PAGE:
How to go Supersonic without a Boom

How to go Supersonic without a Boom

by Ryan F. Mandelbaum, Popular Science

Breaking down the AS2 Business Jet

Until its retirement 13 years ago, the supersonic Concorde was plagued by two major problems: inefficiency and noise (the sonic booms it produced got it banned from over-land cruising). Now, heavyweights like Virgin and Airbus are planning to tackle supersonic speeds, and NASA began designing a “low boom” supersonic jet this year. But no one is as close as aircraft manufacturer Aerion Corporation, which is developing the AS2.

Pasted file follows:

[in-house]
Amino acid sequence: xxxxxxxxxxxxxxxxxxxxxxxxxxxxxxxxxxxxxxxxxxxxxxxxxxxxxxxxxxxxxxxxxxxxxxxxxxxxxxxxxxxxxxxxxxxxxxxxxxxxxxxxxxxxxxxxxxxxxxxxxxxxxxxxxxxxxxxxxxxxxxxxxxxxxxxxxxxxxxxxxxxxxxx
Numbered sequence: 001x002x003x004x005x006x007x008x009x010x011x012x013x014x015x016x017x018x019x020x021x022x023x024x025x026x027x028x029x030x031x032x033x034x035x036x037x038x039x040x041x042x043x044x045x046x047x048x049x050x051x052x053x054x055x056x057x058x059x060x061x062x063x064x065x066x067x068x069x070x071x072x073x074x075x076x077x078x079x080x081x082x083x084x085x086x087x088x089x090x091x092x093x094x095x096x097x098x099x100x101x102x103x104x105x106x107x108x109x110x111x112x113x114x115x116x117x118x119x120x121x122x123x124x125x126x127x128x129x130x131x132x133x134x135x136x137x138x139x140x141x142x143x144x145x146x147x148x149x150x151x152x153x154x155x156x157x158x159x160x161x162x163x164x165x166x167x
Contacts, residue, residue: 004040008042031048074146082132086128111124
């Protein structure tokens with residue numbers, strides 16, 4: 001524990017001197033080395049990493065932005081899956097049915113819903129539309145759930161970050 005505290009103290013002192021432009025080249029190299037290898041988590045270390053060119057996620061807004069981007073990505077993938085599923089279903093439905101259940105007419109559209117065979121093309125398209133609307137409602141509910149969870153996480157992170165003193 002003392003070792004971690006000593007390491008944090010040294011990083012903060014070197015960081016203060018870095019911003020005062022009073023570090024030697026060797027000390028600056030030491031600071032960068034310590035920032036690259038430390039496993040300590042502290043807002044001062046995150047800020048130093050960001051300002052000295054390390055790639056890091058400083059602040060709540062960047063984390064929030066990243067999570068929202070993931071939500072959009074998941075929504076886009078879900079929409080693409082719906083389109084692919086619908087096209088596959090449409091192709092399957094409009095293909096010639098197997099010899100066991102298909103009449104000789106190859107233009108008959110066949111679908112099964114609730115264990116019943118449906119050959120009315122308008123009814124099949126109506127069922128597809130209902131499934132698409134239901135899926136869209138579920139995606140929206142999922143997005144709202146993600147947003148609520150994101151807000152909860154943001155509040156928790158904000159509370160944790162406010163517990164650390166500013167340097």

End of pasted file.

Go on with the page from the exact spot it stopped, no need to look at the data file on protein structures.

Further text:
Quiet Cruise

When air molecules slam into a supersonic jet, they create a high-pressure wake that reaches the ground as a startling “ba-boom.” By slowing down its cruise speed to Mach 1.2 (the Concorde’s was Mach 2), the AS2’s wake will dissipate before it reaches civilization.

Straight and Carbon-Strong Wings

Typical supersonic wings sweep back to create a triangular shape. That design creates lift—but also drag-producing air eddies toward the back of the wings. The AS2’s wings jut straight out from the fuselage and, thanks to ultrastrong carbon fiber, have a thinner contour. This lets air travel in straighter lines, reducing overall drag by about 20 percent.

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